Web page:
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Uploading files to a bucket in Amazon Lightsail using multipart upload

Last updated: July 14, 2021

Multipart upload allows you to upload a single file to your bucket as a set of parts. Each part is a contiguous portion of the file's data. You can upload these file parts independently and in any order. If transmission of any part fails, you can retransmit that part without affecting other parts. After all parts of your file are uploaded, Amazon S3 assembles these parts and creates the object in your bucket in Amazon Lightsail. In general, when your object size reaches 100 MB, you should consider using multipart uploads instead of uploading the object in a single operation. For more information about buckets, see Object storage in Amazon Lightsail.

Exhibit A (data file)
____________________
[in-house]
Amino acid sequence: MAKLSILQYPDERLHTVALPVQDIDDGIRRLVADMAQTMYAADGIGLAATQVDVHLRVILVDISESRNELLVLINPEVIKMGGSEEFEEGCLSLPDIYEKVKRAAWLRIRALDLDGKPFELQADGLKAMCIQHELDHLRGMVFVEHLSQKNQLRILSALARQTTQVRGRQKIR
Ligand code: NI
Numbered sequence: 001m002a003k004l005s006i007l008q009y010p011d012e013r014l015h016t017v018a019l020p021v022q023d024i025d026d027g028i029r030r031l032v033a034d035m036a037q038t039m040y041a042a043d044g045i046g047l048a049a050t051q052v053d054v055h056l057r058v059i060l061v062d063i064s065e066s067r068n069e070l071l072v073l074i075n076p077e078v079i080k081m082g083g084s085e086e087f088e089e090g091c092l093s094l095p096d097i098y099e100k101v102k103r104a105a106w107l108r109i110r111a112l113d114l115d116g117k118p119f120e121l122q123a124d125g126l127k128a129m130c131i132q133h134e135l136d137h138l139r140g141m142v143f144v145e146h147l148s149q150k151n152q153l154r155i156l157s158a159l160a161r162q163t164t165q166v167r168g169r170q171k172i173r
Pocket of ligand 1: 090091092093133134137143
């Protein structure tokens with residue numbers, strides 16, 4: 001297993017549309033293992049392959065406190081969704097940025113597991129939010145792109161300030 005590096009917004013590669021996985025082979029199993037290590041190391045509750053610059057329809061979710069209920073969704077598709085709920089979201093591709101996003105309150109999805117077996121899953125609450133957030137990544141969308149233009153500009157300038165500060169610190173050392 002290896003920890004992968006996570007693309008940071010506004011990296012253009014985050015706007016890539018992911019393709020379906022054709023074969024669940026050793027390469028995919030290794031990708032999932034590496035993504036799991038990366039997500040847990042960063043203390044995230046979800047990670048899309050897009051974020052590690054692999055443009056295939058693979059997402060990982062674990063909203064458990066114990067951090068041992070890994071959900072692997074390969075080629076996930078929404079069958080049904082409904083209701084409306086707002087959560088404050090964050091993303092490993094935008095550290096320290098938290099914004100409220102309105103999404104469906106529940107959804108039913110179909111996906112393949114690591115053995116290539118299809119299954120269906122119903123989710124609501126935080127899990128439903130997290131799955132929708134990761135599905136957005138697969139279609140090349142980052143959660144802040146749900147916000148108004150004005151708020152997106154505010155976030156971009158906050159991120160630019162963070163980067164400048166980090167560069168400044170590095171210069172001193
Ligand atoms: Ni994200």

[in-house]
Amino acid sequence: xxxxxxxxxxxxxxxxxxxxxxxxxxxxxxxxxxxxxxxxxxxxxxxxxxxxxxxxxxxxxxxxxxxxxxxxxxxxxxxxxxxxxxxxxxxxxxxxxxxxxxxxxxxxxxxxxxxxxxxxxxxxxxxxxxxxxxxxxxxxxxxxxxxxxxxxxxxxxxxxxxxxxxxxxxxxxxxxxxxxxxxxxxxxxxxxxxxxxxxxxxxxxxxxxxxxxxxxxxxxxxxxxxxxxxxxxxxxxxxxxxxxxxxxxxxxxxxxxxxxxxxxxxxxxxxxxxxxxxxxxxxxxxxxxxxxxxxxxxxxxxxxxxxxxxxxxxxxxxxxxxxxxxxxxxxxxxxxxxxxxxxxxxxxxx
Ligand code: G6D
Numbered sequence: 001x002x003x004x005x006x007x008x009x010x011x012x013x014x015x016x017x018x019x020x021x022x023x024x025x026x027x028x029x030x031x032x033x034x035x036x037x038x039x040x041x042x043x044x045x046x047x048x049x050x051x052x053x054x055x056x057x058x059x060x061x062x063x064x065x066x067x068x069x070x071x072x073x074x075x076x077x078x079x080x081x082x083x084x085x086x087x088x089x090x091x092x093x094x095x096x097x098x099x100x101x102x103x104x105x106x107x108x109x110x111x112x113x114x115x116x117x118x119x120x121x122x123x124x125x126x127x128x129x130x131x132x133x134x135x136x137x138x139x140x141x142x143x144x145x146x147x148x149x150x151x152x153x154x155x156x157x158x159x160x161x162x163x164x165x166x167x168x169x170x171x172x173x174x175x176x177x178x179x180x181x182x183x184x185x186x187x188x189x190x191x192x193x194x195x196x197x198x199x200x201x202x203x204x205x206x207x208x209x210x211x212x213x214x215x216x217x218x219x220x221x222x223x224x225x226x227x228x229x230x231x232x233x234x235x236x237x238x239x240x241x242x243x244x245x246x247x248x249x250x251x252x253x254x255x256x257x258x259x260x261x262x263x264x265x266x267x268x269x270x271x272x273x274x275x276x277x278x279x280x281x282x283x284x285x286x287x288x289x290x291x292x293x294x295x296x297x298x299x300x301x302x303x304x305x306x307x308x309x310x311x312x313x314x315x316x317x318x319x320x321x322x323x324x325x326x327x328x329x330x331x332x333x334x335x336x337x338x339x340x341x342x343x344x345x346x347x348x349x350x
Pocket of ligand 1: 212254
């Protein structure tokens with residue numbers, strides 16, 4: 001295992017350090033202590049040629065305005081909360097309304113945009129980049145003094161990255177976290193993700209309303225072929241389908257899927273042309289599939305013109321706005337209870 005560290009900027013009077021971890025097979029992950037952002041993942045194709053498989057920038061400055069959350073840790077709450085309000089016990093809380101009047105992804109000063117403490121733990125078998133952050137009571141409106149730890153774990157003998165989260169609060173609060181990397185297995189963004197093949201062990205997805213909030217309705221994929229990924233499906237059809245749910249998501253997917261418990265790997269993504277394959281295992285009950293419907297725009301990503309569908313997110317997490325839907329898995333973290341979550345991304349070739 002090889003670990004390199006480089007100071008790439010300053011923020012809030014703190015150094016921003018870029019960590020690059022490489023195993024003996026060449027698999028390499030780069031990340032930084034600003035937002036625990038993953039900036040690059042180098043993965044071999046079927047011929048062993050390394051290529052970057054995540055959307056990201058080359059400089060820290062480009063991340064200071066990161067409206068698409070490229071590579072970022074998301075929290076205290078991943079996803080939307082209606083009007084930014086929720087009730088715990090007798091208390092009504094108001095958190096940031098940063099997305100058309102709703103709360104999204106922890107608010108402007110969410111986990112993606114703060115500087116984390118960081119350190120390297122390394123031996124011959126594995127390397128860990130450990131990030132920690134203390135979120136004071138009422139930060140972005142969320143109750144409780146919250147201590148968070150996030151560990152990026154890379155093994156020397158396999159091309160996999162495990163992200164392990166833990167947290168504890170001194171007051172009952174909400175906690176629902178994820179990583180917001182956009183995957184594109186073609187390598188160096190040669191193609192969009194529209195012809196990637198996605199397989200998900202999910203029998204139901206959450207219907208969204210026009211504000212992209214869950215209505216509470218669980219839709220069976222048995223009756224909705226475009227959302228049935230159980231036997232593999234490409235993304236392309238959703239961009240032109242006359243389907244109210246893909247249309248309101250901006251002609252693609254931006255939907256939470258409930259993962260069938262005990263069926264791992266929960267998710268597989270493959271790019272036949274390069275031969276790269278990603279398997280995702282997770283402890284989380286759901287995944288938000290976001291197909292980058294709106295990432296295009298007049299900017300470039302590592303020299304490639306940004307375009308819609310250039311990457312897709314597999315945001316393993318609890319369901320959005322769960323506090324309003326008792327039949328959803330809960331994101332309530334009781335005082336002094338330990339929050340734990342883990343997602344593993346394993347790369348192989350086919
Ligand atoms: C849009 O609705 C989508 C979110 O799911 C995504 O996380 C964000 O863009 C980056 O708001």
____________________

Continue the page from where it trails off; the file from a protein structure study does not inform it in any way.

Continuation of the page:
Using multipart upload provides the following advantages:

  • Improved throughput - You can upload parts in parallel to improve throughput.

  • Quick recovery from any network issues - Smaller part size minimizes the impact of restarting a failed upload due to a network error.

  • Upload over time - You can upload file parts over time. After you initiate a multipart upload, you have 24 hours to complete the multipart upload.

  • Begin an upload before you know the final file size - You can upload a file as you are creating it.

We recommend that you use multipart upload in the following ways:

  • If you're uploading large files over a stable high-bandwidth network, multipart upload maximizes the use of your available bandwidth by uploading file parts in parallel for multi-threaded performance.

  • If you're uploading over a spotty network, use multipart upload to increase resiliency to network errors by avoiding upload restarts. When using multipart upload, you retry uploads only for the interrupted parts. There's no need to start over or upload the entire file again.

Contents:

Multipart upload process

Multipart upload is a three-step process that uses Amazon S3 actions to upload files to your bucket in Lightsail: